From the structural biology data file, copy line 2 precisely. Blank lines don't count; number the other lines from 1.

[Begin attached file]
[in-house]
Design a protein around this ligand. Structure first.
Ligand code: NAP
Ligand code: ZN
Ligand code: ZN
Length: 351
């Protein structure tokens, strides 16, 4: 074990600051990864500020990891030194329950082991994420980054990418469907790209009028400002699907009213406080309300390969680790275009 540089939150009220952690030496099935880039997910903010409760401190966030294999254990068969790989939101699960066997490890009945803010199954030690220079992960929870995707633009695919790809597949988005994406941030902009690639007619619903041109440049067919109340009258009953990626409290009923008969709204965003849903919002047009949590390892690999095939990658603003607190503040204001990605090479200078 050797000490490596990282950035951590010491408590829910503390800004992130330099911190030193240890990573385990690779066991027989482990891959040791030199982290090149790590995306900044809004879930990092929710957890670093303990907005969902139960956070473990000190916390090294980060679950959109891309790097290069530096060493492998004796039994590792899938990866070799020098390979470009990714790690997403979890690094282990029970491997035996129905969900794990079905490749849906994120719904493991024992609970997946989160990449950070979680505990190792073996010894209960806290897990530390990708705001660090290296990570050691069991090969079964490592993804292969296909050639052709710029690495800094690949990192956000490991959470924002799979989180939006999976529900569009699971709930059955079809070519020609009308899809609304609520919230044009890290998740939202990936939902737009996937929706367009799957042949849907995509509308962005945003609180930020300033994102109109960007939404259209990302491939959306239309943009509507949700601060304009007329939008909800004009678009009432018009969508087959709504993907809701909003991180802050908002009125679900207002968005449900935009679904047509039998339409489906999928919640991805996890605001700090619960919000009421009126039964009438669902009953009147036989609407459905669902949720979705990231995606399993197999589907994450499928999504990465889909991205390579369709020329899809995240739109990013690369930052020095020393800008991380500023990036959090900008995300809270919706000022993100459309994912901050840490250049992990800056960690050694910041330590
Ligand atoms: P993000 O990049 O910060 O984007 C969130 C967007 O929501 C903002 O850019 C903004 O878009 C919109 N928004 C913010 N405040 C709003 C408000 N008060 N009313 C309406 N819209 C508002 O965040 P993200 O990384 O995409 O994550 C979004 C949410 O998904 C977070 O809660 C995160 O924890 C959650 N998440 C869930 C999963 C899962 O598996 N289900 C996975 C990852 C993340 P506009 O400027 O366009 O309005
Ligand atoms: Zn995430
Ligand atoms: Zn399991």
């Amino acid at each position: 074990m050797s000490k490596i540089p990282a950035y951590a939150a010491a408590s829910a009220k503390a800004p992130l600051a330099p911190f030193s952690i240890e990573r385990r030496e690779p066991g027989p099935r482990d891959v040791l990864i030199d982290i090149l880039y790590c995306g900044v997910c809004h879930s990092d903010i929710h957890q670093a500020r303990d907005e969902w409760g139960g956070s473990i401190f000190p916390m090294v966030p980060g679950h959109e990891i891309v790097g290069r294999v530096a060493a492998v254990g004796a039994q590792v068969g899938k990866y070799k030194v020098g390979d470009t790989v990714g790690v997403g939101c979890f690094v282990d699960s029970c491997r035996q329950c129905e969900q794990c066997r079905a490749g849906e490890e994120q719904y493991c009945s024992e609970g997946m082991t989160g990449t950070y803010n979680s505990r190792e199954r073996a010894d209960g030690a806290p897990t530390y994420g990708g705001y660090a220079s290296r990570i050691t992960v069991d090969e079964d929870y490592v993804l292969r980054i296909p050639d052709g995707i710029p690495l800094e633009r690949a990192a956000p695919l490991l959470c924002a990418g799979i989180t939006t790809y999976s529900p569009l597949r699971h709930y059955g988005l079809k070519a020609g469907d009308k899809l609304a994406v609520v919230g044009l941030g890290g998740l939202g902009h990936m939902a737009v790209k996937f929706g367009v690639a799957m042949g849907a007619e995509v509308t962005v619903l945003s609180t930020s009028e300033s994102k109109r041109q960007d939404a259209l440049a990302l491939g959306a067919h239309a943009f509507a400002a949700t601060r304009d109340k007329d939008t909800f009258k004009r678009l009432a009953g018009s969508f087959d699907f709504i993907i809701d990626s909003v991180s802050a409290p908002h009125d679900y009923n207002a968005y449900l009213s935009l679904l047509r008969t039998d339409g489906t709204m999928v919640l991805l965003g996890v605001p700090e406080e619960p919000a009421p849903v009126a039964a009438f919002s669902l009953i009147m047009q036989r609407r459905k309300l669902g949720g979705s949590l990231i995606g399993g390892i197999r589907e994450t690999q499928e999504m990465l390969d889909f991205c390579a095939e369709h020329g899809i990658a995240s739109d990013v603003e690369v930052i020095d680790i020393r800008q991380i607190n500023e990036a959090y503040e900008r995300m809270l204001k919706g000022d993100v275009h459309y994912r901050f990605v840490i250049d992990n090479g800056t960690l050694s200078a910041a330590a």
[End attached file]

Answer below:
Design a protein around this ligand. Structure first.